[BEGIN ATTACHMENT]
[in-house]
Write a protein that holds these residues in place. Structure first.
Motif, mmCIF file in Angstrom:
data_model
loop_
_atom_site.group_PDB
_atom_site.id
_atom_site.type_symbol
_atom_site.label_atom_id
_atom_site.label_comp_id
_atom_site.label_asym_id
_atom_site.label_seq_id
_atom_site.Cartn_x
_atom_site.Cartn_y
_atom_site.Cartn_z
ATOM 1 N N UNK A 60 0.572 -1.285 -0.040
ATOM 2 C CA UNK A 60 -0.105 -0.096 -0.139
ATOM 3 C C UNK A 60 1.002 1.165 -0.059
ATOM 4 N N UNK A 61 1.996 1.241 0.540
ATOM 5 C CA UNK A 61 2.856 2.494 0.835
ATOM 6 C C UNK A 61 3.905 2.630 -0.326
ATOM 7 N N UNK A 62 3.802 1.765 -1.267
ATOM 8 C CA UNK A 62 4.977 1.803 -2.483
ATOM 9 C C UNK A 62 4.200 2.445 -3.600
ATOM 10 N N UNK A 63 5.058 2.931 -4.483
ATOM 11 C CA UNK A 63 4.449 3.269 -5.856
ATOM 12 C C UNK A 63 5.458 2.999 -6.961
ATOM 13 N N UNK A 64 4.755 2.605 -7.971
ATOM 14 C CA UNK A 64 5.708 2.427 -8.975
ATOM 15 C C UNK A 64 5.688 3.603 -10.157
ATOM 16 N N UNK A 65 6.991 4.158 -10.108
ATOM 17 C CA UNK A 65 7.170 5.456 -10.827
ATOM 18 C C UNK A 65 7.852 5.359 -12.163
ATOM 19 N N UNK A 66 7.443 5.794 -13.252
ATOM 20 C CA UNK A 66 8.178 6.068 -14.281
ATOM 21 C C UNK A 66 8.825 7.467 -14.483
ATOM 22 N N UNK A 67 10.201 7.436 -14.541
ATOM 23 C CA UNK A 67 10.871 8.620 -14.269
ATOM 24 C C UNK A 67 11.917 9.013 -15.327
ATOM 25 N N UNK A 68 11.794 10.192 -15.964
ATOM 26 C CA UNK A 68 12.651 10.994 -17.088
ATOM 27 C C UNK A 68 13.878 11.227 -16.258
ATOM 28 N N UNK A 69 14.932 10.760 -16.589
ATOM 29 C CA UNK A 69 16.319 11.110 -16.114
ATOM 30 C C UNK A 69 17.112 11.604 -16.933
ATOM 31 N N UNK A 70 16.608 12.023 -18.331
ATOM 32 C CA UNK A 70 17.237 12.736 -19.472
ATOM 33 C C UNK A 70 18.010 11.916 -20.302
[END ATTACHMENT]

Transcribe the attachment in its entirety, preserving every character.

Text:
[in-house]
Write a protein that holds these residues in place. Structure first.
Motif, mmCIF file in Angstrom:
data_model
loop_
_atom_site.group_PDB
_atom_site.id
_atom_site.type_symbol
_atom_site.label_atom_id
_atom_site.label_comp_id
_atom_site.label_asym_id
_atom_site.label_seq_id
_atom_site.Cartn_x
_atom_site.Cartn_y
_atom_site.Cartn_z
ATOM 1 N N UNK A 60 0.572 -1.285 -0.040
ATOM 2 C CA UNK A 60 -0.105 -0.096 -0.139
ATOM 3 C C UNK A 60 1.002 1.165 -0.059
ATOM 4 N N UNK A 61 1.996 1.241 0.540
ATOM 5 C CA UNK A 61 2.856 2.494 0.835
ATOM 6 C C UNK A 61 3.905 2.630 -0.326
ATOM 7 N N UNK A 62 3.802 1.765 -1.267
ATOM 8 C CA UNK A 62 4.977 1.803 -2.483
ATOM 9 C C UNK A 62 4.200 2.445 -3.600
ATOM 10 N N UNK A 63 5.058 2.931 -4.483
ATOM 11 C CA UNK A 63 4.449 3.269 -5.856
ATOM 12 C C UNK A 63 5.458 2.999 -6.961
ATOM 13 N N UNK A 64 4.755 2.605 -7.971
ATOM 14 C CA UNK A 64 5.708 2.427 -8.975
ATOM 15 C C UNK A 64 5.688 3.603 -10.157
ATOM 16 N N UNK A 65 6.991 4.158 -10.108
ATOM 17 C CA UNK A 65 7.170 5.456 -10.827
ATOM 18 C C UNK A 65 7.852 5.359 -12.163
ATOM 19 N N UNK A 66 7.443 5.794 -13.252
ATOM 20 C CA UNK A 66 8.178 6.068 -14.281
ATOM 21 C C UNK A 66 8.825 7.467 -14.483
ATOM 22 N N UNK A 67 10.201 7.436 -14.541
ATOM 23 C CA UNK A 67 10.871 8.620 -14.269
ATOM 24 C C UNK A 67 11.917 9.013 -15.327
ATOM 25 N N UNK A 68 11.794 10.192 -15.964
ATOM 26 C CA UNK A 68 12.651 10.994 -17.088
ATOM 27 C C UNK A 68 13.878 11.227 -16.258
ATOM 28 N N UNK A 69 14.932 10.760 -16.589
ATOM 29 C CA UNK A 69 16.319 11.110 -16.114
ATOM 30 C C UNK A 69 17.112 11.604 -16.933
ATOM 31 N N UNK A 70 16.608 12.023 -18.331
ATOM 32 C CA UNK A 70 17.237 12.736 -19.472
ATOM 33 C C UNK A 70 18.010 11.916 -20.302